Sitek Phasia Review
An analog phaser that walks the waveforms between simplicity and subversive modulations sounds.
Unique features and sounds for its price category. Intuitive. Capable of sounds beyond simple phase. High-quality build.
Might be expensive for players that don't utilize the most unusual sounds.
It's easy to overlook the expressive potential of a phaser if you use a simple, 1-knob version of the effect. Old horses like the Small Stone and Phase 90 may be perfect in their simplicity. But paradoxically, when you really listen to the depth of those basic pedals' voices—rich with ephemeral, passing overtones and harmonic complexities—you hear how varied and nuanced phase can be with precise wave-shaping control.
Sitek's analog Phasia opens up many secret corners of the phaser experience without a clumsy, complicated control set. There's a modest learning curve because these controls are interactive and have expansive range. But it's easy to use, and with tap tempo, selectable waveshape options, and variable 4-, 5-, and 6-stage settings, Phasia delivers unexpected treats that defy basic phaser categorization—all without inducing option anxiety or making the pedal impractical for stage use.
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Tri-Lingual and Gifted
Phasers can come across as domineering and one dimensional if you're in the wrong mood. Phasia is far from one-dimensional, though. It readily moves from weird to seamlessly integrated with your guitar voice. This leaves ample room for different pickups and effects to speak, and it's responsive to changes in guitar tone and volume.This open, agreeable nature—combined with flexible controls—make Phasia capable of subtle to mind-melting extremes.
Phasia's stage-selection switch is one key to its extra headroom and adaptability. The 4-stage voice has a distinctly vintage patina. It's simultaneously elastic and soft around the edges, though there is also a snorkel-y midrange emphasis. The phase effect can be subdued at low depth settings—a nice option to have. But it's beautiful to hear the combination of chewy and soft contours at advanced settings. And it excels in faux-rotary style settings where the pulses take on an organic edge.
The 6-stage voice is more complex. Listening to a given waveform at the same rate, depth, and feedback in this mode can be like watching the rippling undulations on a creek versus observing rolling offshore swells. There's more color and complexity in the 6-stage modulations—at certain settings you might even perceive compound subdivisions within the overtones of a waveform. If you like to foreground your phaser in bold, weird style, the 6-stage voice delivers.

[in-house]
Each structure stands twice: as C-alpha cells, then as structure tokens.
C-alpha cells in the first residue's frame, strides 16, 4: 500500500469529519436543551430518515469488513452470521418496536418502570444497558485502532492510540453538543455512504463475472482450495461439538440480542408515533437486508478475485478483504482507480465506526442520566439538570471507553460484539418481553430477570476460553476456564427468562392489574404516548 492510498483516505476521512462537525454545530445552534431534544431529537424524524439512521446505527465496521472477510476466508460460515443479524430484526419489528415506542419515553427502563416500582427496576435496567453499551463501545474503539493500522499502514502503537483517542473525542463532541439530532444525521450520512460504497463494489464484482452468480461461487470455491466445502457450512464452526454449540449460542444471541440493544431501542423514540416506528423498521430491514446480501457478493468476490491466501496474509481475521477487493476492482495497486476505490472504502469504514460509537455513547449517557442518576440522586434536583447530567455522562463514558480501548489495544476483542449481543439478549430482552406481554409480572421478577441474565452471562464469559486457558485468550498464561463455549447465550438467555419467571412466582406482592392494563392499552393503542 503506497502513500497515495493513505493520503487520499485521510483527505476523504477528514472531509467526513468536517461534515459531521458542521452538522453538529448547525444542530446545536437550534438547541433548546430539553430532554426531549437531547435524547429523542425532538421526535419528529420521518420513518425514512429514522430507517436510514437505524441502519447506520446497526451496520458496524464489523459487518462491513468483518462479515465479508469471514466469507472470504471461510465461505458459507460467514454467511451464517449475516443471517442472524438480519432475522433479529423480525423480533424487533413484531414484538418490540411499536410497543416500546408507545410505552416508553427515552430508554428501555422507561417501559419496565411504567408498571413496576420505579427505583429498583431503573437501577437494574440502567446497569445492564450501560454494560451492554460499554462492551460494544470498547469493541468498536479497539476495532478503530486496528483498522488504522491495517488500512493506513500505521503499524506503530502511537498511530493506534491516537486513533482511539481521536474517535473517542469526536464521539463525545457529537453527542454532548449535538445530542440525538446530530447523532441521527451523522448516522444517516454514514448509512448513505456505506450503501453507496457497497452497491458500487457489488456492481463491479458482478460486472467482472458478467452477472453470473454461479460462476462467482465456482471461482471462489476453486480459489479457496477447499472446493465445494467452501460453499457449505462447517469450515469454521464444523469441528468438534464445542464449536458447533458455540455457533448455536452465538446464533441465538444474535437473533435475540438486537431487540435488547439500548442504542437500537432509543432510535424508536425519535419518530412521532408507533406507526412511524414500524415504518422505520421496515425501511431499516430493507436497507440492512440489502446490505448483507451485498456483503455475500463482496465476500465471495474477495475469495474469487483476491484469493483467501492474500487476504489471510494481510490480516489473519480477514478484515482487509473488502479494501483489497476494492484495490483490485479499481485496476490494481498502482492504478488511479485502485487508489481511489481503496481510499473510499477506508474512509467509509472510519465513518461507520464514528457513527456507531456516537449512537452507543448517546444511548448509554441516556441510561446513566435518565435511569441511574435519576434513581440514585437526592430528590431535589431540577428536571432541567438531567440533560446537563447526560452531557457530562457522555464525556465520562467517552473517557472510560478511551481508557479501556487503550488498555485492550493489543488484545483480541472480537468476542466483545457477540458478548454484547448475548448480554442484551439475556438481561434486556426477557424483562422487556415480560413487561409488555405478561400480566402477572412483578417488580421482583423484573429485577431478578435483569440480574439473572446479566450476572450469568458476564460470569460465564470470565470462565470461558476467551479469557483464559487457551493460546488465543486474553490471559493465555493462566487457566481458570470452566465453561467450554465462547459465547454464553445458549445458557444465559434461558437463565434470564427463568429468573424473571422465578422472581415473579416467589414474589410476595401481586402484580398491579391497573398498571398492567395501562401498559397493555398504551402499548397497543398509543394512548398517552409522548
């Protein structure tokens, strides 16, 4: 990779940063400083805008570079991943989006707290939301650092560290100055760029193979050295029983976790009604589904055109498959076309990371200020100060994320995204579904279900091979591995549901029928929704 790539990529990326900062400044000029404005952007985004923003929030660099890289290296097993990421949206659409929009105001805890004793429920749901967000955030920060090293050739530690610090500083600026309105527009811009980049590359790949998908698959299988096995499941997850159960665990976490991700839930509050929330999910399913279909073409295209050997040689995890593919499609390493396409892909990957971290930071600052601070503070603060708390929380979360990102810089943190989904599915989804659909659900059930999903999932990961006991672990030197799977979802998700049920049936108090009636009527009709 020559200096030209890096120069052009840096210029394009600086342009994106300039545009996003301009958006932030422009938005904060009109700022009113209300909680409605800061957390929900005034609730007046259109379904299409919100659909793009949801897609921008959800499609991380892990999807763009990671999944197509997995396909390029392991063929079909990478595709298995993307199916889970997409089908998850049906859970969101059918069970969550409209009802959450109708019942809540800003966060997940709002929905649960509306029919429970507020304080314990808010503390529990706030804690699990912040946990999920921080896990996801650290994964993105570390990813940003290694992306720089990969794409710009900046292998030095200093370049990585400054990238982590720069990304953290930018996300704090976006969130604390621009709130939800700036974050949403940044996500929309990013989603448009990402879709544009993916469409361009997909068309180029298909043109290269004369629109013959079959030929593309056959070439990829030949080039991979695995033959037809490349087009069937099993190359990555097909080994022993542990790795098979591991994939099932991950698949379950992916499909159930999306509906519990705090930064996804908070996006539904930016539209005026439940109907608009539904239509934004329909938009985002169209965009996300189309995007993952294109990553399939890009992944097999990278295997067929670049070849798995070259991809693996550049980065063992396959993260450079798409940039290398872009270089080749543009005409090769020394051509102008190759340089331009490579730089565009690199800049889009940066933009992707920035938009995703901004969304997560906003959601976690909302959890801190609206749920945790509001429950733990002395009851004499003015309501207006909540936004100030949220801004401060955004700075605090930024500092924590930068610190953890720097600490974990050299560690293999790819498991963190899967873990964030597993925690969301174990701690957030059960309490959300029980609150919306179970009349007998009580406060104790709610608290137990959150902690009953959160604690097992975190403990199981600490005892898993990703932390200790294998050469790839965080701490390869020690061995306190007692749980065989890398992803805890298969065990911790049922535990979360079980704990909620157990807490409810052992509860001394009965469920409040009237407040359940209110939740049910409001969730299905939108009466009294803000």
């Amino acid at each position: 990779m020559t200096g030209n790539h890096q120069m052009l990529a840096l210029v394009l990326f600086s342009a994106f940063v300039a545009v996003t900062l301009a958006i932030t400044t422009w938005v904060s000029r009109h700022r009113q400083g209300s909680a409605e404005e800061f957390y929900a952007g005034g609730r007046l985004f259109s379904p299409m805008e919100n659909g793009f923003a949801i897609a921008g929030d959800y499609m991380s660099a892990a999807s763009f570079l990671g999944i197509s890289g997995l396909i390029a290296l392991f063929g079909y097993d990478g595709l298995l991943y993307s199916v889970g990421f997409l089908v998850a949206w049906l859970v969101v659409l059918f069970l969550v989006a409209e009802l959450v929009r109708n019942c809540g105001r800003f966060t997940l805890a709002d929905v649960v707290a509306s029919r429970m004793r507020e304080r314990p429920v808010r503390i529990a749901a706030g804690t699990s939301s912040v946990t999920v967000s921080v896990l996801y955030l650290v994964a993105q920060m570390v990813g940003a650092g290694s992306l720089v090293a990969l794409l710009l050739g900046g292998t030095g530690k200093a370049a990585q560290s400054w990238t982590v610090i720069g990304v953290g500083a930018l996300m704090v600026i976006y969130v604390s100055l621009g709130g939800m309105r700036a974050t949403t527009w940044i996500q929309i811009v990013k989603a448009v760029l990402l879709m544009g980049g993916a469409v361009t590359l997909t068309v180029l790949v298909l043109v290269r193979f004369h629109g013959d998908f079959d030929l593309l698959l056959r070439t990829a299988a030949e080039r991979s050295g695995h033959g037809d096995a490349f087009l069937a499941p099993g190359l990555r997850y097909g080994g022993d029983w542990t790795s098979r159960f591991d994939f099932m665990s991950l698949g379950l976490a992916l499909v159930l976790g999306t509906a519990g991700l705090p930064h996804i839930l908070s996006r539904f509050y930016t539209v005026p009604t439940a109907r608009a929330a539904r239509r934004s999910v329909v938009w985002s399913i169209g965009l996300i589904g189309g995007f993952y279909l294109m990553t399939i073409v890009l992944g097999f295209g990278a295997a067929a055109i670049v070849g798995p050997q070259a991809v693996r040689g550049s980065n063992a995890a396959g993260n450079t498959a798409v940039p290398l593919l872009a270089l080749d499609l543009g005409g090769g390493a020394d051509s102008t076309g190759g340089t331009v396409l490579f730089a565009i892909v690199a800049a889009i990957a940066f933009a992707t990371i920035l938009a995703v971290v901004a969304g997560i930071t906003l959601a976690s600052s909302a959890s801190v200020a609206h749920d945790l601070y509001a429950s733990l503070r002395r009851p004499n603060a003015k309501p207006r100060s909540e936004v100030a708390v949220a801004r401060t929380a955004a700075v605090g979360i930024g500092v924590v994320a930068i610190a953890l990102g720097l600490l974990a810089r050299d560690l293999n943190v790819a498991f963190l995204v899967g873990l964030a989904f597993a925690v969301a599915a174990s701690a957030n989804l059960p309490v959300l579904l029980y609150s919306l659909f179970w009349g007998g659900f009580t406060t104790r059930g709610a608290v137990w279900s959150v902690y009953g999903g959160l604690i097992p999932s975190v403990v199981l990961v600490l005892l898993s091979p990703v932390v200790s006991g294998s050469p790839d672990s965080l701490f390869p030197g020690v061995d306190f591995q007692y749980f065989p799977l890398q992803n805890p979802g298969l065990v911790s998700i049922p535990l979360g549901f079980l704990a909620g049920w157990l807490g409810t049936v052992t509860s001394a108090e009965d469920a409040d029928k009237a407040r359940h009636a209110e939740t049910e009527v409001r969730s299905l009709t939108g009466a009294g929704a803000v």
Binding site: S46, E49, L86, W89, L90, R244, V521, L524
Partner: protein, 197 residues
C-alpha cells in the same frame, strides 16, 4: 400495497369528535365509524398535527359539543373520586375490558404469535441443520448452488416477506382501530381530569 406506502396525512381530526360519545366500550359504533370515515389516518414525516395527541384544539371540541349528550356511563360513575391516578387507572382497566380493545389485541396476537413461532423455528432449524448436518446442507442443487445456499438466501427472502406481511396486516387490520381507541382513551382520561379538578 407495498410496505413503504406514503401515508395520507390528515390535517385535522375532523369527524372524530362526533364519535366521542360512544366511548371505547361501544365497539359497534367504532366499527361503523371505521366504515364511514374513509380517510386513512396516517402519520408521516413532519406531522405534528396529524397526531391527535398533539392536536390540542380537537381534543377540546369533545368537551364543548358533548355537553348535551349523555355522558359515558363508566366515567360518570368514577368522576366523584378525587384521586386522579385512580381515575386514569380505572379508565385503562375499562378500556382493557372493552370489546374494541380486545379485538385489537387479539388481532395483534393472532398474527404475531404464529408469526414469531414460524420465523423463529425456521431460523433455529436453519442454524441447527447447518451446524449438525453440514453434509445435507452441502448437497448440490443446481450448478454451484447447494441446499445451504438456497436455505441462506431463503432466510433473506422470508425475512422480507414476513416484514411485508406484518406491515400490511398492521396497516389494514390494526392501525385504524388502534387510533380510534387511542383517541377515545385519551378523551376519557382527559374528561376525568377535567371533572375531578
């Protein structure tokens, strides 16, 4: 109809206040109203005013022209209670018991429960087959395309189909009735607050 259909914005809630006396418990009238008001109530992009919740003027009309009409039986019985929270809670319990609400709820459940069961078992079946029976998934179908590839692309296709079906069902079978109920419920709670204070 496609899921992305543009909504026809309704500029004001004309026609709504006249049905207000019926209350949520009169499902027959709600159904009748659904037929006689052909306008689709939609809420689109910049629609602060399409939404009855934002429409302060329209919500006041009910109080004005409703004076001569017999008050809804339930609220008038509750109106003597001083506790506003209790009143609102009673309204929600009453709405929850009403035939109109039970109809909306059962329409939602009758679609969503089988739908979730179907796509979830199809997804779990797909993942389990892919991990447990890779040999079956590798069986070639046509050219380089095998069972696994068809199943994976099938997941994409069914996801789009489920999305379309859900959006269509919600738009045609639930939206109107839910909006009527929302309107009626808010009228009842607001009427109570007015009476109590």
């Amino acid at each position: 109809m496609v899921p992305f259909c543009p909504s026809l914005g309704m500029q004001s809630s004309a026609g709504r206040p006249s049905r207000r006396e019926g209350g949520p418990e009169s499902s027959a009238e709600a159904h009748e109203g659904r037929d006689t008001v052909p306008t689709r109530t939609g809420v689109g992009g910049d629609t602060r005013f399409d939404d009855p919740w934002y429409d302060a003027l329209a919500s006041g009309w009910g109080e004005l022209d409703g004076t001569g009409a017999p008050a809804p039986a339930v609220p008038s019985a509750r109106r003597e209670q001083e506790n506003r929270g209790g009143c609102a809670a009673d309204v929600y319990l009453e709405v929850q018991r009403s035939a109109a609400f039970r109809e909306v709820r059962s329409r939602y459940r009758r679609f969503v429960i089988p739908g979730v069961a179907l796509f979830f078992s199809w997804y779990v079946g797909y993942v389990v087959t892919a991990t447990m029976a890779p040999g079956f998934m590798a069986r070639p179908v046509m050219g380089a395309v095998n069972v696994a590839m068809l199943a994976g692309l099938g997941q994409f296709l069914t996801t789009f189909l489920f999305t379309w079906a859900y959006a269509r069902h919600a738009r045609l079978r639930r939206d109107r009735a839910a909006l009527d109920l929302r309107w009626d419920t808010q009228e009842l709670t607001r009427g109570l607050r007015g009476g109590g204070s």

The 5-stage is the real revelation, and it does much to set the Sitek apart. This voicing is extra clear and smooth, perceptibly warmer, rounder, and more EQ-neutral, which means more of your guitar and amp voice shines through. It leaves ample room for dynamics, and bass notes in particular ring with detail. If you're a jazzist communicating complex chord voicings, a producer that likes to leave space and flexibility in a mix, or a fingerstyle technician that doesn't want to obscure rhythmic emphasis, I can't imagine a better range of textures than Phasia's 5-stage mode.
This open, agreeable nature— combined with flexible controls—make Phasia capable of subtle to mild-melting extremes.
Mutating the Classics
Phasia's basic controls—rate, depth, and feedback—all have expansive and useful range, from subtle to freakishly undulating. But the other controls contribute much to the whole once you master their sometimes elusive functionality.
The symmetry control, for instance, doesn't reveal its magic easily. It can be subtle, or just not jive with what you're trying to accomplish. But when you get the feedback, rate, and waveshape recipe just right, the Phasia can almost transcend phasing entirely. In the highest quarter of its range, the long-taper/short-rise settings can sound like soft, contoured delay echoes or even gentle envelope filter squawks. In the opposite direction, the long-rise/short-taper settings sound like a cross between a Vox Repeat Percussion's staccato tremolo pulses and a reverse reverb. Each of these settings can totally recast an otherwise mundane riff.
The waveform control is trickier to wrangle. The triangle wave is peakier and vowely. The sine wave is smoother but still very vocal. The hypertriangular setting, in general, has the most soft-edged modulations. But all these qualities can become more enhanced or mild depending on where you set the symmetry, depth, and feedback controls.
Sitek's Phasia is a joy to use. Not all of its virtues are immediately obvious. And some differences between waveshape and symmetry settings can be pretty hard to perceive at low depth and feedback settings. But this subtle-to-robust wave-shaping power and the easy, intuitive means of accessing the breadth of those sounds makes Phasia a star. Between the mellowest and maddest extremes there are smooth, intoxicating rotary-style sounds, Uni-Vibe style undulations, and slow-cycling modulations that warp time while leaving room for overtones, pick detail, and other effects to breathe. At 250 bucks it's not an inexpensive solution, and before buying you should really make sure that the subtler corners of the Phasia's performance envelope are textures you'll really use. If you're the kind of player, arranger, or producer that likes to stack effects, or just likes the options that come from using a more spacious and versatile phaser, the Phasia is an elegant, unique, and capable modulation tool.